I have been a teacher for 16 years now, and being that I am a teacher I have an unquenchable thirst for learning. I yearn for learning about new topics, about myself, about those around me, and about the world that is open to me. In doing so, I also yearn to teach others what I know. I like to make others feel included in sharing my knowledge so that they can own it for themselves too. In an ideal scenario, these others would then share what they have learned with others close to them and the ripple effect would begin.
In this vein of acquiring knowledge, I am acutely aware that some of the knowledge that we obtain over our lifetime is not knowledge that we have searched for, but rather a knowledge that we have been conditioned to accept. This knowledge is known as learned responses. These learned responses are acquired over the course of our lives because of the interactions that we have with people, places, and/or events.
Some learned responses are good ones, such as the safety we instantly feel when we are with someone who cares and loves us or pulling back our hand when something is near it that is hot. But there are some learned responses that are bad, such as eating when we are unhappy or stressed or not being able to accept a compliment when it is given to us but rather laughing it off or making an excuse to deflect the attention. These latter examples are responses that we have learned because we have recognized those responses as ones that are socially acceptable. We tend to get nervous or confused when we hear or see responses that are outside of our normal learned response catalog. It’s as if our minds can’t compute what we are seeing or hearing and they are frantically trying to make sense out of it. This throws us off and we chuck it up to being just something that other person does or says but it’s not able to be included in our catalog for us.
The learned response of self comparisons is one that is deeply rooted in many of us. Male or female, regardless of socio-economic status, geographic location, marital status, occupation…we have been conditioned to self compare. Self comparing is the idea that we compare our current self, who we are now, to our self of the past and to our self that we hope to be in the future. Not only do we do this with our actual physical self, but we do this with the relationships that we are in, our living environments, our careers, our children, our social statues…everything.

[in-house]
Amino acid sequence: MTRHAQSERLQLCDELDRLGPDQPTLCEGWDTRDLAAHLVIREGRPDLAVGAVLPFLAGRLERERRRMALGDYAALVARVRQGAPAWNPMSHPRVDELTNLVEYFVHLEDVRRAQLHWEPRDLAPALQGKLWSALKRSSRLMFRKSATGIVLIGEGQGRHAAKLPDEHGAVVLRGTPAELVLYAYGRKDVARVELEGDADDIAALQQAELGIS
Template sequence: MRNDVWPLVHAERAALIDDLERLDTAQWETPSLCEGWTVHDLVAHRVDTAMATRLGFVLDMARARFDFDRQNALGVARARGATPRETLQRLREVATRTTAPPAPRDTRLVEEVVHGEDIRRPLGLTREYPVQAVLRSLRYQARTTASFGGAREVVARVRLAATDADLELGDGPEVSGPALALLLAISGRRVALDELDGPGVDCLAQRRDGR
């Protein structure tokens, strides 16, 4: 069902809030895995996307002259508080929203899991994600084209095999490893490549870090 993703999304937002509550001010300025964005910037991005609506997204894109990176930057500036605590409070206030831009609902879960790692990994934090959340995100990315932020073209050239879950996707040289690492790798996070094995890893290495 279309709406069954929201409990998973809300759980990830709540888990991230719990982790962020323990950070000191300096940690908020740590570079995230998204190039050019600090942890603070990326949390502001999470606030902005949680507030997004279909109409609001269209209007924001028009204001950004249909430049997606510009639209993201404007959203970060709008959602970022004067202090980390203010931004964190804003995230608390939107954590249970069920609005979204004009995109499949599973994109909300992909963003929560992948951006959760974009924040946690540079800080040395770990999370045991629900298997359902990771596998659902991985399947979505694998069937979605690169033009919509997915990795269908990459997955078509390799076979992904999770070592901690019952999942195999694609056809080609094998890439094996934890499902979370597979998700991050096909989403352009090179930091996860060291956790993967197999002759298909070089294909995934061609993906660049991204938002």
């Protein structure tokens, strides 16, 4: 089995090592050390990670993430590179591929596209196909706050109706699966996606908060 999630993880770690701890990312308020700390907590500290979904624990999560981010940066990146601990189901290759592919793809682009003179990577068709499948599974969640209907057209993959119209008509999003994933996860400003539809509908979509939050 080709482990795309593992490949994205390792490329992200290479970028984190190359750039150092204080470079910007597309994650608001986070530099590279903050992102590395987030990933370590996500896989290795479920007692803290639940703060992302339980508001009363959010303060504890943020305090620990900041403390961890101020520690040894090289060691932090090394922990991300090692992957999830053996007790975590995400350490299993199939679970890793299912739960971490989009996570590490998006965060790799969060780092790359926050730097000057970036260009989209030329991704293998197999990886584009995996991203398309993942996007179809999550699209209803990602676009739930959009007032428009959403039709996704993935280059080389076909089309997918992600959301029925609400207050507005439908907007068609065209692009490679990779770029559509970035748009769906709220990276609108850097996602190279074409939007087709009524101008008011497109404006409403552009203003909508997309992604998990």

In terms of comparisons involving our physical selves, did you know that 90% of women overestimate their body size? Did you know that 4 out of 5 women in the US are dissatisfied with their appearance? Did you know that eating disorders have the highest mortality rate of any mental illness? I didn’t. I have an inkling that things were somewhere in the spectrum of not good to awful, but I never expected the data to be that startling to me. What that data says to me is that women in the US are ashamed of their bodies and are so ashamed that a staggering number of them develop eating disorders. Why is this?
The answers goes towards this idea of self comparison. We are either comparing ourselves to what we used to be when we were younger (insert age(s) here), or what we will be in the future when things for us are better…what it will be like when we finally loose the weight or are able to afford nicer clothes or finally able to exercise on a regular basis. And if that’s not bad enough, we are at the same time comparing ourselves to all of those around us, particularly the lives projected on social media. This constant comparing is then manifesting into a warped understanding about our bodies. The crazy thing is that the comparing doesn’t stop there.
We use this idea of self comparison to mess with how we view our lives, our living environments, our relationships, how our children are developing, and our place amongst friends and family members. We are literally comparing every aspect of our lives. We are comparing ourselves so often that not only are we not able to reflect on the positives in our lives, but we are unable to be fully present in our lives. Am I exactly who I would like to be yet? No, but I am who I am because of what I’ve done. I am built of some muscle, some fat, and a ton of experience. My body has gotten me to this point, and I am proud of it. It allows me to get up every morning. It allowed me to grow my children and give them life. It allows me to help others each day. It allows me to take care of my family. It allows me to follow my dreams. How can I be disappointed with that? I can’t! I cherish that! I’ proud of that! I am thankful for that!